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New broadcast ecosystem
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We are witnessing demographic shifts in the age of linear TV viewers, with millennials and younger consuming more content online, and increasingly mobile; social media outstripping TV as the primary news source; Youtube showing the Champions League and Europa Cup Finals, Twitter streaming the NFL, and Facebook Live. The broadcast industry has gone from seeing social media in particular as having only marginal impact to something far more threatening. This potential threat was neatly encapsulated in a recent Royal Television Society (RTS) event ‘Social media muscles in on TV’ which had Facebook, Twitter and YouTube on the panel. However, the panel members emphasized that they:
- operated distribution platforms, that enabled content makers to publish their content, and were not content makers themselves; and
- already had established partnerships with existing broadcasters, rights and content owners
The implication is that social media may offer more opportunities for content owners or producers rather than threatening their existence.
ERA OF COMPETITION
Traditional linear broadcast
This is not the first time that disruption has caused concerns for linear TV broadcasters. The deregulation of TV in the 1980s and 90s focused on increasing competition through program quotas and licensing more channel capacity.
The most significant impact came from digital thematic channels at the time more TV capacity was seen as heralding an era of competition, greater consumer choice and where Public Service Broadcasters would no longer be relevant. Of course, this did not happen in that way. These new channels needed content—but high-quality, and well produced high-quality content costs money—which most thematic channels operators did not have . The winners from that deregulation were actually the people who were predicted to be the biggest losers —the producer-broadcasters. They were the only ones with the talent, resources and budgets to produce high-quality content. It is only many years later that the successful thematic channels could afford to commission originated content.
The intent was to broaden the market (as shown in the diagram in red) and deliver niche segmentation rather than diminish the existing players.
With hundreds of channels, the thematic genre-based broadcasting model was an effective means of providing more choice. The impact on production was more mixed. Program quotas opened the market for independents and there was a demand for more content but there was not the same increase in budgets, which were stretched further. The ‘atomization’ of production—the ability for smaller new entrants to compete—did increase. This was enabled by lower cost file-based HD cameras, but it did not radically alter the cost or process for making content.
So what will be the impact of social media?
The first impact of social media has been to massively increase ‘atomization’ of viewers to the point of ‘hyper-segmentation,’ where it is now affordable to serve segments that are very small. So the first effect may be to generate even more revenue for existing content producers, just as the multi-channel model generated a new wave of revenue in the 80s and 90s. This reinforces the conclusion that the producer-broadcasters are content owners rather than just broadcasters.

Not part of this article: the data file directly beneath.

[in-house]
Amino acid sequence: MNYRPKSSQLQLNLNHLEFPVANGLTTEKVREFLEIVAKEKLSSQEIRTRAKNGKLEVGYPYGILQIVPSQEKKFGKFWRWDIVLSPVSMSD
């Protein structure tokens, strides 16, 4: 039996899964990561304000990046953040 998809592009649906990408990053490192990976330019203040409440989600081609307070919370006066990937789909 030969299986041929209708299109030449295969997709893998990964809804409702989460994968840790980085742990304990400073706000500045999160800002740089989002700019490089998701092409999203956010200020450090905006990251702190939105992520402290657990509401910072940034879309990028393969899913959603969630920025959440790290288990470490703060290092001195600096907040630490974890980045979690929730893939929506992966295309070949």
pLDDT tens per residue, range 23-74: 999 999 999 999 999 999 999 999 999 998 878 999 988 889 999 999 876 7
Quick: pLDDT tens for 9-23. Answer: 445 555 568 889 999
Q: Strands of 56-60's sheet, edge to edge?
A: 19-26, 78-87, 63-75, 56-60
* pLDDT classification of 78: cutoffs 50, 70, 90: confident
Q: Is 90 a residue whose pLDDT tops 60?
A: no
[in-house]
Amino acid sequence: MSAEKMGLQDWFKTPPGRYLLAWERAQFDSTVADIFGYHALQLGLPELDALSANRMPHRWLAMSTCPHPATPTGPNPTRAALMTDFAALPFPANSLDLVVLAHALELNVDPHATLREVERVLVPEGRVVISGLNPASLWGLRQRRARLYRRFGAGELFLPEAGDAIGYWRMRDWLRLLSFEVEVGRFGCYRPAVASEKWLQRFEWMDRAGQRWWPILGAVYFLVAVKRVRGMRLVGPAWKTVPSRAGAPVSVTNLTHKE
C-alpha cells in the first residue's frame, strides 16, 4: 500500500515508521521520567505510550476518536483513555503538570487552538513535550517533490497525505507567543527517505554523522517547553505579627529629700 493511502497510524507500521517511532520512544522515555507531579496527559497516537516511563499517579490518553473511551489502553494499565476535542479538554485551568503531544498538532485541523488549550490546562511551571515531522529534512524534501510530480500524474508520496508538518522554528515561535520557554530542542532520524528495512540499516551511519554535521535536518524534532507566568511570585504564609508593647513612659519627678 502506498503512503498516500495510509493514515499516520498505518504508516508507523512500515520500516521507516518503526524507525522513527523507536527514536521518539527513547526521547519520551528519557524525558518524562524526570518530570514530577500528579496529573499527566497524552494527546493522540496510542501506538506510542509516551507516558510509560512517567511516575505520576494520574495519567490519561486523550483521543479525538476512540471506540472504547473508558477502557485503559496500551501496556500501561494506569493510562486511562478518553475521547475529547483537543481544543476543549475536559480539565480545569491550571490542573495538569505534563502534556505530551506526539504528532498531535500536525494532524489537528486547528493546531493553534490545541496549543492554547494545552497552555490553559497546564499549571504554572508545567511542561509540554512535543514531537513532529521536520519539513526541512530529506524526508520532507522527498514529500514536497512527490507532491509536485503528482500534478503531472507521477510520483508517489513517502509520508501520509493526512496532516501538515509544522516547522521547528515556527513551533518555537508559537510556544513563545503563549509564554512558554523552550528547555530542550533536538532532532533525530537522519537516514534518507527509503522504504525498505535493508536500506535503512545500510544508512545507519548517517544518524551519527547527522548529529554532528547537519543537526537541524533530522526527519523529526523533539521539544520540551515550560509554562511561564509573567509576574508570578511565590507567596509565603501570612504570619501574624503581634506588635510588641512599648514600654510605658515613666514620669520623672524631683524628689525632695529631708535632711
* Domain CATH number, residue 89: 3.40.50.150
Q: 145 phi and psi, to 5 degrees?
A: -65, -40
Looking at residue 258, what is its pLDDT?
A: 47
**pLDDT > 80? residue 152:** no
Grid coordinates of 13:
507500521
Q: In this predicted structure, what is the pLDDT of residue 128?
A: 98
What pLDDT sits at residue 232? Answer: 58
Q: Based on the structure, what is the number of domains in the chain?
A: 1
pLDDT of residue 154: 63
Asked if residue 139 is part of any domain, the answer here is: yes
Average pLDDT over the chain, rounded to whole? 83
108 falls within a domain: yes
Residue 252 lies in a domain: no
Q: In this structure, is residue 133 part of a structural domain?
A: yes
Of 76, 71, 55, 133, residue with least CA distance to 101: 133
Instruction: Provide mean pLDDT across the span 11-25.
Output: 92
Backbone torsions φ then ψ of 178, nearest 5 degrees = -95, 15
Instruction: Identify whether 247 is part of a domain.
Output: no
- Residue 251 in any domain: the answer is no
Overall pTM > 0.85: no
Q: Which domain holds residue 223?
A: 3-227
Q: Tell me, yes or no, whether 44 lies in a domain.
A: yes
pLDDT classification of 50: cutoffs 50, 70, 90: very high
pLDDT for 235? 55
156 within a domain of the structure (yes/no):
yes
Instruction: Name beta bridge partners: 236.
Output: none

But there are threats. This time social media coincides with the dramatic fall in the cost of production of technically high quality content. Whilst smartphones and consumer video cameras may not meet the UHD (or even HD) standards of traditional broadcasters, this is not an issue for social media.
New formats, such as AR, VR and 360 may bypass broadcasters altogether. This enables far greater democratization of the production market and the minimum equipment investment for a production company making high quality content has never been lower, and importantly the route to viewers is no longer bound to broadcasters. But is this good news for production companies? The growth in demand for content on social media may well fuel demand for their services, but the pressure on cost is also likely to increase, and so yet again they face a world of “more for less, please”.
For broadcast technology vendors, the market for specialist hardware is only going one way—down. Whilst not yet a ‘meteorite’ moment, it will be essential for traditional broadcast technology vendors to embrace cloud technologies if they want to stay relevant.
We are moving inexorably towards a binary market in ‘broadcasting’—we will have the known high-end world of premium content commissioned by big broadcasters and global OTT providers, where production values remain high and technology innovation will be expected to drive operational and infrastructure costs down.
At the other end, we will have the chaotic and brave new world of atomized markets and production processes—where it’s all about personalization, mobile, on-demand, produced by commoditized tools and systems. For those willing to adapt and embrace the change this is a compelling opportunity.
This story originally appeared on TVT's sister publication TV Technology Global.
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